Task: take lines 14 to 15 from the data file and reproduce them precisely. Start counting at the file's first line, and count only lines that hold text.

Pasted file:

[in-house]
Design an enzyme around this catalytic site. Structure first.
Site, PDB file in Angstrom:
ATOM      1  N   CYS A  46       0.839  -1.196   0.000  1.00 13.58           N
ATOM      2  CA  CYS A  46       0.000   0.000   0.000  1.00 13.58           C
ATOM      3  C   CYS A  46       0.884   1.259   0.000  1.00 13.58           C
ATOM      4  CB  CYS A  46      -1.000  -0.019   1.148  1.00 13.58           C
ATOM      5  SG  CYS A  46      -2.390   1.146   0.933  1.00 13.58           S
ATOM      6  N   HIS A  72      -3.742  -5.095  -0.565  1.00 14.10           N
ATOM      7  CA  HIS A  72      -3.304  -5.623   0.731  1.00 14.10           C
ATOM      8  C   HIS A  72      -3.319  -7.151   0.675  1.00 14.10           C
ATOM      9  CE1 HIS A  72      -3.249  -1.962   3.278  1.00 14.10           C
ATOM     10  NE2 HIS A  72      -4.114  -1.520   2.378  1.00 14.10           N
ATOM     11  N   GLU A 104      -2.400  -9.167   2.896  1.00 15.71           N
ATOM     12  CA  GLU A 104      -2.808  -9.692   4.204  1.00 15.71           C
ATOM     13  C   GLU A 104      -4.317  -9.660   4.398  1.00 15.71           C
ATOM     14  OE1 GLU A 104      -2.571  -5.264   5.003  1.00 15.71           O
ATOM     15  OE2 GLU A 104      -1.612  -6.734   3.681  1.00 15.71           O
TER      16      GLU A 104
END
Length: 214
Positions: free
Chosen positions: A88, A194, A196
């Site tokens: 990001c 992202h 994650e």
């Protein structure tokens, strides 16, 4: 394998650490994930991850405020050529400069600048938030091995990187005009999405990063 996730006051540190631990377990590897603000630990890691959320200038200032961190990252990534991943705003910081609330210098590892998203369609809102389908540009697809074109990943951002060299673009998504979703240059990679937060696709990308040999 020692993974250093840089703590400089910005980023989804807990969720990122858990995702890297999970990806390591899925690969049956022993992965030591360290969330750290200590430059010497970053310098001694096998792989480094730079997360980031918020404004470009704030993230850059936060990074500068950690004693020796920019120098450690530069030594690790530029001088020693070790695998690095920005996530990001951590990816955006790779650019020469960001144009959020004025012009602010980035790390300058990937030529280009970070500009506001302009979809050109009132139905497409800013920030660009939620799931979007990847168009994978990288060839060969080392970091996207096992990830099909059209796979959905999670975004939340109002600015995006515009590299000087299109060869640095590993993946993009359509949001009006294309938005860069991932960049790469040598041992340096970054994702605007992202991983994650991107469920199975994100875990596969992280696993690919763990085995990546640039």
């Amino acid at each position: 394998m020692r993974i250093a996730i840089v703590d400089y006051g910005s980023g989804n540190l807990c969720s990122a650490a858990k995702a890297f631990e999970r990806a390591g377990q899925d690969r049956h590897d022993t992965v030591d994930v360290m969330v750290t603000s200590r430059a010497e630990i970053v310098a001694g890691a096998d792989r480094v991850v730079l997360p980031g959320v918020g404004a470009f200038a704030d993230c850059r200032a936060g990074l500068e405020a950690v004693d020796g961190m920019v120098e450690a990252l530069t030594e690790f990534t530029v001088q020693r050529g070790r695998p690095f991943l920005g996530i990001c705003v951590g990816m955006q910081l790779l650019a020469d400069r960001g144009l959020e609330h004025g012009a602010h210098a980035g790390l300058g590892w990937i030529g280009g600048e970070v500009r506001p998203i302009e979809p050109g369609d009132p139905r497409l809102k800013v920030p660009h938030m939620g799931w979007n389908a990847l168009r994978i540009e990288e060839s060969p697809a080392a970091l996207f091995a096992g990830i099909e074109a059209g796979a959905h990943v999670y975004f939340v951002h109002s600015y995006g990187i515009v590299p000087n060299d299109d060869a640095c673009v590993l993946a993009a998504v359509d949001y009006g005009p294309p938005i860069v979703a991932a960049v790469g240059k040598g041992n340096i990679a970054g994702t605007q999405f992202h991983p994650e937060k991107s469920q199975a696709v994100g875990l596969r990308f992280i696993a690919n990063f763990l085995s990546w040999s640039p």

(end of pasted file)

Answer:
ATOM     11  N   GLU A 104      -2.400  -9.167   2.896  1.00 15.71           N
ATOM     12  CA  GLU A 104      -2.808  -9.692   4.204  1.00 15.71           C